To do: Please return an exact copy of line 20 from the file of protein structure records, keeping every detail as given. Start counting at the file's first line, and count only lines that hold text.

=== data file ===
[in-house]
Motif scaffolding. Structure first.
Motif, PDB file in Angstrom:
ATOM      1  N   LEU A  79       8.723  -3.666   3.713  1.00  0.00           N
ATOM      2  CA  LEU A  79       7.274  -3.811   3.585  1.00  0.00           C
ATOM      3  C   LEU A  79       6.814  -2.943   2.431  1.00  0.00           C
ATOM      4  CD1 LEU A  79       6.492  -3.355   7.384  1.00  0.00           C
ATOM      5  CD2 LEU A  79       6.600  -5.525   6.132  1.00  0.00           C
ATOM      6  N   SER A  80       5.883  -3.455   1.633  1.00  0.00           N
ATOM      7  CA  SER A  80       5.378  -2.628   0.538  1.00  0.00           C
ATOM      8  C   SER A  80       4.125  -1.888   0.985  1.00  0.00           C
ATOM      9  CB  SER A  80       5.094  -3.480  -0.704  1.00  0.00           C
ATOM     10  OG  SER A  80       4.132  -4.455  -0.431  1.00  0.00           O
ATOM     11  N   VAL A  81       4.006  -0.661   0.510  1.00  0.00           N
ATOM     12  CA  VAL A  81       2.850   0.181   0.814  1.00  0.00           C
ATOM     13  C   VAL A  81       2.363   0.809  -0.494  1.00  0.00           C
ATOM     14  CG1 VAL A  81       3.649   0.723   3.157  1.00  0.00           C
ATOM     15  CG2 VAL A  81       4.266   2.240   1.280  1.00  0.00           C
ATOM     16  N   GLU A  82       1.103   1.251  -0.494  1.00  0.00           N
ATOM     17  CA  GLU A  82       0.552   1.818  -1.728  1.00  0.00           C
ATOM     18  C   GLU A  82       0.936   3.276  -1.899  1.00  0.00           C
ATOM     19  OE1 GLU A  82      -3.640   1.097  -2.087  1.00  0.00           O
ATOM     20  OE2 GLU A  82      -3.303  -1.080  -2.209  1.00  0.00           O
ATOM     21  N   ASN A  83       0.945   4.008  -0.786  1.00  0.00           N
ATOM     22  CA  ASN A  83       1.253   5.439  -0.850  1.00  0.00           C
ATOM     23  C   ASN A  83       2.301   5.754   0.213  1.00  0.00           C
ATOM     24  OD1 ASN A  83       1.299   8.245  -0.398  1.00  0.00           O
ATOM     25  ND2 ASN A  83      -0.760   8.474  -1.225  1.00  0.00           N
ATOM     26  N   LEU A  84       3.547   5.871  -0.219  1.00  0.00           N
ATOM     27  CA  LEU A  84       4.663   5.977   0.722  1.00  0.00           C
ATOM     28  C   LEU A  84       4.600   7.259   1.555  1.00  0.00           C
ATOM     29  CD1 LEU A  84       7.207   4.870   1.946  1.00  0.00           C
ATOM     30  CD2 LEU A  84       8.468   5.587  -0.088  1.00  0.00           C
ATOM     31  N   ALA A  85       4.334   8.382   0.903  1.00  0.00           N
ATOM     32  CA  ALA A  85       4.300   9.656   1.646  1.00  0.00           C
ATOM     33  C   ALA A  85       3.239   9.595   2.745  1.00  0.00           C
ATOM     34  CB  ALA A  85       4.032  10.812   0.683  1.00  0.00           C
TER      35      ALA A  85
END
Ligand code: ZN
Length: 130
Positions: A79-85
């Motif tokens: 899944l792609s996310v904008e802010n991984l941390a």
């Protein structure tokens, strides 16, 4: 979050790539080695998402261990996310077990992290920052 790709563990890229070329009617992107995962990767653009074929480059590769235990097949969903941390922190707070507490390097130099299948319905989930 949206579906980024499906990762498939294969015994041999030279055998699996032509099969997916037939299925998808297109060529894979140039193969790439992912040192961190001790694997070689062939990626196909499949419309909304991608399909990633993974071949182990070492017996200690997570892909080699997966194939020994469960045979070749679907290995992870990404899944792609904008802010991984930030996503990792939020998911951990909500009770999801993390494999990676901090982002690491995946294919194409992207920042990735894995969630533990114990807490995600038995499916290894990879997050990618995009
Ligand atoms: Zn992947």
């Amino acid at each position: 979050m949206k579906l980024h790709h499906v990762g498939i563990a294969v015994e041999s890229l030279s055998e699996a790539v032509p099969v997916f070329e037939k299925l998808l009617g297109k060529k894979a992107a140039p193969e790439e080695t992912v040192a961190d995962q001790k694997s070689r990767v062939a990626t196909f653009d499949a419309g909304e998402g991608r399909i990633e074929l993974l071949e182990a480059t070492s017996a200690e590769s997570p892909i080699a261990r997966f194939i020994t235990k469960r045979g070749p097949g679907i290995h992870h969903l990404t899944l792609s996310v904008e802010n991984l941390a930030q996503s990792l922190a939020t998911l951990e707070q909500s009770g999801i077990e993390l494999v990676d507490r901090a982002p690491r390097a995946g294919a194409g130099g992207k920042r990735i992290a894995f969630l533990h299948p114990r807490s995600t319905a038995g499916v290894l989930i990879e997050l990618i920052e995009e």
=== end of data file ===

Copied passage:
ATOM     17  CA  GLU A  82       0.552   1.818  -1.728  1.00  0.00           C